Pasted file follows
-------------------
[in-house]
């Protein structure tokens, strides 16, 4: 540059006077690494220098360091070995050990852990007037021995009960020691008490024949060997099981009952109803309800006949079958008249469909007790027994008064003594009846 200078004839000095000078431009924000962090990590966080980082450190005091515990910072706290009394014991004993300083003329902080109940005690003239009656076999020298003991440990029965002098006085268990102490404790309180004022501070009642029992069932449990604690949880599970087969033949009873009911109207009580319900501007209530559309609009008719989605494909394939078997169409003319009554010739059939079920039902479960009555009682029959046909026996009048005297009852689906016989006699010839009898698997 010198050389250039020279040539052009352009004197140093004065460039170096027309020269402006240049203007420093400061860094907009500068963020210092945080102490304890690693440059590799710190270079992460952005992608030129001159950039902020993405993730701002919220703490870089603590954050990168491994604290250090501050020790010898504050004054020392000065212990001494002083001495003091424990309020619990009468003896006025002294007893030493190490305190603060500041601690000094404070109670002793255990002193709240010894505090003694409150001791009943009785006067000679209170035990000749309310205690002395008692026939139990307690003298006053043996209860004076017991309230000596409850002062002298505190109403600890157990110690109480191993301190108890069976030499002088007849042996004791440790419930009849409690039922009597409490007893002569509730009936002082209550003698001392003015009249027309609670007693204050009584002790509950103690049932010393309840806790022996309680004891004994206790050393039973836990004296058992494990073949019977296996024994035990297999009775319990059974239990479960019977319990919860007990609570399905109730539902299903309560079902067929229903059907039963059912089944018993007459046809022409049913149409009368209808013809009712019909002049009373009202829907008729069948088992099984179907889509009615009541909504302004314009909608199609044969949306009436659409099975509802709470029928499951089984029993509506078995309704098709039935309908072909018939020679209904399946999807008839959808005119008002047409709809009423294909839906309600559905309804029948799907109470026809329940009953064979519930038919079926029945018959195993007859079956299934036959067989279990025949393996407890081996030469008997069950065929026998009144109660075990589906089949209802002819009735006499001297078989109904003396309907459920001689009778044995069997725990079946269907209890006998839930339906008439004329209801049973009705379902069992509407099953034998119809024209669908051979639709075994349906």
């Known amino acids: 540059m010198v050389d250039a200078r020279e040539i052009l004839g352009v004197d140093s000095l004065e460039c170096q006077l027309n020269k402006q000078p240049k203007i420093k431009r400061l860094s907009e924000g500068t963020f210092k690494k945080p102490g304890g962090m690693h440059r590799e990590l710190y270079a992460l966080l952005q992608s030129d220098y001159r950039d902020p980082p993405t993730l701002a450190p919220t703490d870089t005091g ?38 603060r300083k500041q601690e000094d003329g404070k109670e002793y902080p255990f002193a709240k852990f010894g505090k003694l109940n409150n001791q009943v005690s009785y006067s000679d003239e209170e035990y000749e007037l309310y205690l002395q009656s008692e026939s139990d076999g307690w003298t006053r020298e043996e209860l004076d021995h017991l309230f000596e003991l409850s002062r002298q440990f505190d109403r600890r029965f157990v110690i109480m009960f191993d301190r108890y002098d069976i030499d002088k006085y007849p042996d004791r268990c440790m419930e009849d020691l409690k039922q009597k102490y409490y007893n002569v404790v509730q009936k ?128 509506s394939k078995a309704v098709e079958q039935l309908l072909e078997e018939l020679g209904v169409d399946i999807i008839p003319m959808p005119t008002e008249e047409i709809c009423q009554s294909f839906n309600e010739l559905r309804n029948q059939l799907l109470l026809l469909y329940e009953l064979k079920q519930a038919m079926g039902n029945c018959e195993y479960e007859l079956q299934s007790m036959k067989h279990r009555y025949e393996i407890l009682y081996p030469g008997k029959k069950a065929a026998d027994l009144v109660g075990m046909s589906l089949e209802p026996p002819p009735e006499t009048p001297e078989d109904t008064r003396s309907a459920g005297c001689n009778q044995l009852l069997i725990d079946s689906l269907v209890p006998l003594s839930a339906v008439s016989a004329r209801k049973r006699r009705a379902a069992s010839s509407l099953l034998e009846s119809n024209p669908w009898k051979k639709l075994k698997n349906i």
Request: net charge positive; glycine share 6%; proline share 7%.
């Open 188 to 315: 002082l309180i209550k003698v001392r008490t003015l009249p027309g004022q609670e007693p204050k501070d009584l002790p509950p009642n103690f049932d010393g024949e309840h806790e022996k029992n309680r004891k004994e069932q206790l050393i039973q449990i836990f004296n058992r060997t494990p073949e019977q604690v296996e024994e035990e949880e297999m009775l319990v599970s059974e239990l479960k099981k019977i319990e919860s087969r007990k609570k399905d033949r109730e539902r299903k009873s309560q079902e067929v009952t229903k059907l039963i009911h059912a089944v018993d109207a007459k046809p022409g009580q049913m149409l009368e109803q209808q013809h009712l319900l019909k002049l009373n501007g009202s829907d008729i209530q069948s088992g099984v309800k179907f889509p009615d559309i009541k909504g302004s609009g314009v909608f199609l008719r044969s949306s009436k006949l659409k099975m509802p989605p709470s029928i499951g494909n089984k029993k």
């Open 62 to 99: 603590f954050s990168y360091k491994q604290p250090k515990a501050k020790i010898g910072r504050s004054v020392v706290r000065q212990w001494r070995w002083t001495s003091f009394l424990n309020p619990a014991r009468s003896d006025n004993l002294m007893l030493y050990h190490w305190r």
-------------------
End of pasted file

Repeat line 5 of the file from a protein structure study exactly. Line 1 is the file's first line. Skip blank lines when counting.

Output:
């Open 188 to 315: 002082l309180i209550k003698v001392r008490t003015l009249p027309g004022q609670e007693p204050k501070d009584l002790p509950p009642n103690f049932d010393g024949e309840h806790e022996k029992n309680r004891k004994e069932q206790l050393i039973q449990i836990f004296n058992r060997t494990p073949e019977q604690v296996e024994e035990e949880e297999m009775l319990v599970s059974e239990l479960k099981k019977i319990e919860s087969r007990k609570k399905d033949r109730e539902r299903k009873s309560q079902e067929v009952t229903k059907l039963i009911h059912a089944v018993d109207a007459k046809p022409g009580q049913m149409l009368e109803q209808q013809h009712l319900l019909k002049l009373n501007g009202s829907d008729i209530q069948s088992g099984v309800k179907f889509p009615d559309i009541k909504g302004s609009g314009v909608f199609l008719r044969s949306s009436k006949l659409k099975m509802p989605p709470s029928i499951g494909n089984k029993k």